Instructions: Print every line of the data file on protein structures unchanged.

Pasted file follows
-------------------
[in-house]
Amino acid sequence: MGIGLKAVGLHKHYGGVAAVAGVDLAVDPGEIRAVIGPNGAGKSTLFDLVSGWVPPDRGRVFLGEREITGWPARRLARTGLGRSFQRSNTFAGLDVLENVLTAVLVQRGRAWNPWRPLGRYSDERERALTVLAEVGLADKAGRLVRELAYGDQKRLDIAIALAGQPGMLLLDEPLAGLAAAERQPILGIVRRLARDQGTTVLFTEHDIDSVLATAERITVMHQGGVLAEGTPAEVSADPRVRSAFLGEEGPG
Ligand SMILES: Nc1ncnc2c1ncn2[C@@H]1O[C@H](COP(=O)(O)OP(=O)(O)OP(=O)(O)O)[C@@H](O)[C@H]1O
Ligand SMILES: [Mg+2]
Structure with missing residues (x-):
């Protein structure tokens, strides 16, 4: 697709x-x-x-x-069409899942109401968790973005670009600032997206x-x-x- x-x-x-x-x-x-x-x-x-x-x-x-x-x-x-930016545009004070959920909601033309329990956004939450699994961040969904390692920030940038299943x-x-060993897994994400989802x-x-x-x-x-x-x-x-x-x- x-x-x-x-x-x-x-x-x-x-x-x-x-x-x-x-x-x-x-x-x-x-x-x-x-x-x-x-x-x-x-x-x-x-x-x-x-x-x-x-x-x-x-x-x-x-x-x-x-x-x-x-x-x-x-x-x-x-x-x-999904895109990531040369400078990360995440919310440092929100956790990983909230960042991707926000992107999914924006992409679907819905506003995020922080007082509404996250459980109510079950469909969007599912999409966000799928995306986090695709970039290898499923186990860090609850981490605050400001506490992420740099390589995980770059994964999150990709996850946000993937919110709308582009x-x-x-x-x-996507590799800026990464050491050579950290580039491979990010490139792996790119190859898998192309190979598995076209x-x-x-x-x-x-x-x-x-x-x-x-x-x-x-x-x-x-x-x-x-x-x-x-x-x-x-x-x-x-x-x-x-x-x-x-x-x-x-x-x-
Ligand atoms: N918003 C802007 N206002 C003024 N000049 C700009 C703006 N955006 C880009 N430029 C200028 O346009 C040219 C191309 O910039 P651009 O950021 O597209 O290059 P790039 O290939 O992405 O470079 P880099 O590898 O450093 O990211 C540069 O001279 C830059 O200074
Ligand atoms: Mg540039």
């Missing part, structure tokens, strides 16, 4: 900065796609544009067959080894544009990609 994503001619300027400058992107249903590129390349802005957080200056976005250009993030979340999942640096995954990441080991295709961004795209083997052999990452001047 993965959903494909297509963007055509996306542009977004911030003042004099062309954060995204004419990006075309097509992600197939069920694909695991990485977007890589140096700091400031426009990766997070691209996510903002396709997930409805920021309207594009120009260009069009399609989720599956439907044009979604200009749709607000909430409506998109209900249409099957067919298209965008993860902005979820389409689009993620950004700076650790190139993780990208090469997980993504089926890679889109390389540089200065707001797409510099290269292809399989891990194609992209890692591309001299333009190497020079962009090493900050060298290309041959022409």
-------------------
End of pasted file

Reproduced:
[in-house]
Amino acid sequence: MGIGLKAVGLHKHYGGVAAVAGVDLAVDPGEIRAVIGPNGAGKSTLFDLVSGWVPPDRGRVFLGEREITGWPARRLARTGLGRSFQRSNTFAGLDVLENVLTAVLVQRGRAWNPWRPLGRYSDERERALTVLAEVGLADKAGRLVRELAYGDQKRLDIAIALAGQPGMLLLDEPLAGLAAAERQPILGIVRRLARDQGTTVLFTEHDIDSVLATAERITVMHQGGVLAEGTPAEVSADPRVRSAFLGEEGPG
Ligand SMILES: Nc1ncnc2c1ncn2[C@@H]1O[C@H](COP(=O)(O)OP(=O)(O)OP(=O)(O)O)[C@@H](O)[C@H]1O
Ligand SMILES: [Mg+2]
Structure with missing residues (x-):
């Protein structure tokens, strides 16, 4: 697709x-x-x-x-069409899942109401968790973005670009600032997206x-x-x- x-x-x-x-x-x-x-x-x-x-x-x-x-x-x-930016545009004070959920909601033309329990956004939450699994961040969904390692920030940038299943x-x-060993897994994400989802x-x-x-x-x-x-x-x-x-x- x-x-x-x-x-x-x-x-x-x-x-x-x-x-x-x-x-x-x-x-x-x-x-x-x-x-x-x-x-x-x-x-x-x-x-x-x-x-x-x-x-x-x-x-x-x-x-x-x-x-x-x-x-x-x-x-x-x-x-x-999904895109990531040369400078990360995440919310440092929100956790990983909230960042991707926000992107999914924006992409679907819905506003995020922080007082509404996250459980109510079950469909969007599912999409966000799928995306986090695709970039290898499923186990860090609850981490605050400001506490992420740099390589995980770059994964999150990709996850946000993937919110709308582009x-x-x-x-x-996507590799800026990464050491050579950290580039491979990010490139792996790119190859898998192309190979598995076209x-x-x-x-x-x-x-x-x-x-x-x-x-x-x-x-x-x-x-x-x-x-x-x-x-x-x-x-x-x-x-x-x-x-x-x-x-x-x-x-x-
Ligand atoms: N918003 C802007 N206002 C003024 N000049 C700009 C703006 N955006 C880009 N430029 C200028 O346009 C040219 C191309 O910039 P651009 O950021 O597209 O290059 P790039 O290939 O992405 O470079 P880099 O590898 O450093 O990211 C540069 O001279 C830059 O200074
Ligand atoms: Mg540039």
């Missing part, structure tokens, strides 16, 4: 900065796609544009067959080894544009990609 994503001619300027400058992107249903590129390349802005957080200056976005250009993030979340999942640096995954990441080991295709961004795209083997052999990452001047 993965959903494909297509963007055509996306542009977004911030003042004099062309954060995204004419990006075309097509992600197939069920694909695991990485977007890589140096700091400031426009990766997070691209996510903002396709997930409805920021309207594009120009260009069009399609989720599956439907044009979604200009749709607000909430409506998109209900249409099957067919298209965008993860902005979820389409689009993620950004700076650790190139993780990208090469997980993504089926890679889109390389540089200065707001797409510099290269292809399989891990194609992209890692591309001299333009190497020079962009090493900050060298290309041959022409």